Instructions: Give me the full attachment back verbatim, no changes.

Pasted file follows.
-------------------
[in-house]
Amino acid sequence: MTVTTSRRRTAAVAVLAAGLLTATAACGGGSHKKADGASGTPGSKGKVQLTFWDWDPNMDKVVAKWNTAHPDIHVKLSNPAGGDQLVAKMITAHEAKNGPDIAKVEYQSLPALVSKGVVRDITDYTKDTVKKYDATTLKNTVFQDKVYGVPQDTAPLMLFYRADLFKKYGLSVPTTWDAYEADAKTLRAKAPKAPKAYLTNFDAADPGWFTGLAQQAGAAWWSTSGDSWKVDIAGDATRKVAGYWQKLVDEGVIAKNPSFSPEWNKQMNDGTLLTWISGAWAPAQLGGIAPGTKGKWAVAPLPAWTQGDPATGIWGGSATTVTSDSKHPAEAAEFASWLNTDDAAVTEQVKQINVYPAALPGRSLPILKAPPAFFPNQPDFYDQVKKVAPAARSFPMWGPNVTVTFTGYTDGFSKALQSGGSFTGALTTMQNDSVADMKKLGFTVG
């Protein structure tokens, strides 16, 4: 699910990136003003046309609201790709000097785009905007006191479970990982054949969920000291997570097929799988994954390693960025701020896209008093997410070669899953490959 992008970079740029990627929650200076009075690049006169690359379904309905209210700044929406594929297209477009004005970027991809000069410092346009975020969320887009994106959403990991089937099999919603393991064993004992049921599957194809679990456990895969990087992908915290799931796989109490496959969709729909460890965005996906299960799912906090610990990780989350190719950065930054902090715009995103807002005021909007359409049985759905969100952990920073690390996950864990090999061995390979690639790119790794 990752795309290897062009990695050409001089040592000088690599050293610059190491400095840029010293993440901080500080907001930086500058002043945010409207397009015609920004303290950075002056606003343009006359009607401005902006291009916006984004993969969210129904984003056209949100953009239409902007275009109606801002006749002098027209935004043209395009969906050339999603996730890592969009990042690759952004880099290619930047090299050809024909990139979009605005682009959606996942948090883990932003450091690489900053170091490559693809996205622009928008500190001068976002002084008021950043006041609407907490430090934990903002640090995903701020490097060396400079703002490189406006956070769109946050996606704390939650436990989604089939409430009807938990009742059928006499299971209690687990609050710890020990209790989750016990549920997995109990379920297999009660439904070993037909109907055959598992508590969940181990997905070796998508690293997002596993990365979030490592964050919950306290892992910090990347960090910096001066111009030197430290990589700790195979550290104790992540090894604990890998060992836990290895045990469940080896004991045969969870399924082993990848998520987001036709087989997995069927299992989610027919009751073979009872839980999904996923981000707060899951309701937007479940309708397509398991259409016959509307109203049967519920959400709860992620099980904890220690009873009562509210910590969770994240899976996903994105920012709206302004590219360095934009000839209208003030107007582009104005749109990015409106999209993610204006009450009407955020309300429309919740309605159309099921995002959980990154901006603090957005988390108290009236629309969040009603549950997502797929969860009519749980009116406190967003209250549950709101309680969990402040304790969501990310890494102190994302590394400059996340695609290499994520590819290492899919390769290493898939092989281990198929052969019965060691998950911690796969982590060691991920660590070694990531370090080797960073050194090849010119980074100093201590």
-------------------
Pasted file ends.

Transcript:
[in-house]
Amino acid sequence: MTVTTSRRRTAAVAVLAAGLLTATAACGGGSHKKADGASGTPGSKGKVQLTFWDWDPNMDKVVAKWNTAHPDIHVKLSNPAGGDQLVAKMITAHEAKNGPDIAKVEYQSLPALVSKGVVRDITDYTKDTVKKYDATTLKNTVFQDKVYGVPQDTAPLMLFYRADLFKKYGLSVPTTWDAYEADAKTLRAKAPKAPKAYLTNFDAADPGWFTGLAQQAGAAWWSTSGDSWKVDIAGDATRKVAGYWQKLVDEGVIAKNPSFSPEWNKQMNDGTLLTWISGAWAPAQLGGIAPGTKGKWAVAPLPAWTQGDPATGIWGGSATTVTSDSKHPAEAAEFASWLNTDDAAVTEQVKQINVYPAALPGRSLPILKAPPAFFPNQPDFYDQVKKVAPAARSFPMWGPNVTVTFTGYTDGFSKALQSGGSFTGALTTMQNDSVADMKKLGFTVG
């Protein structure tokens, strides 16, 4: 699910990136003003046309609201790709000097785009905007006191479970990982054949969920000291997570097929799988994954390693960025701020896209008093997410070669899953490959 992008970079740029990627929650200076009075690049006169690359379904309905209210700044929406594929297209477009004005970027991809000069410092346009975020969320887009994106959403990991089937099999919603393991064993004992049921599957194809679990456990895969990087992908915290799931796989109490496959969709729909460890965005996906299960799912906090610990990780989350190719950065930054902090715009995103807002005021909007359409049985759905969100952990920073690390996950864990090999061995390979690639790119790794 990752795309290897062009990695050409001089040592000088690599050293610059190491400095840029010293993440901080500080907001930086500058002043945010409207397009015609920004303290950075002056606003343009006359009607401005902006291009916006984004993969969210129904984003056209949100953009239409902007275009109606801002006749002098027209935004043209395009969906050339999603996730890592969009990042690759952004880099290619930047090299050809024909990139979009605005682009959606996942948090883990932003450091690489900053170091490559693809996205622009928008500190001068976002002084008021950043006041609407907490430090934990903002640090995903701020490097060396400079703002490189406006956070769109946050996606704390939650436990989604089939409430009807938990009742059928006499299971209690687990609050710890020990209790989750016990549920997995109990379920297999009660439904070993037909109907055959598992508590969940181990997905070796998508690293997002596993990365979030490592964050919950306290892992910090990347960090910096001066111009030197430290990589700790195979550290104790992540090894604990890998060992836990290895045990469940080896004991045969969870399924082993990848998520987001036709087989997995069927299992989610027919009751073979009872839980999904996923981000707060899951309701937007479940309708397509398991259409016959509307109203049967519920959400709860992620099980904890220690009873009562509210910590969770994240899976996903994105920012709206302004590219360095934009000839209208003030107007582009104005749109990015409106999209993610204006009450009407955020309300429309919740309605159309099921995002959980990154901006603090957005988390108290009236629309969040009603549950997502797929969860009519749980009116406190967003209250549950709101309680969990402040304790969501990310890494102190994302590394400059996340695609290499994520590819290492899919390769290493898939092989281990198929052969019965060691998950911690796969982590060691991920660590070694990531370090080797960073050194090849010119980074100093201590």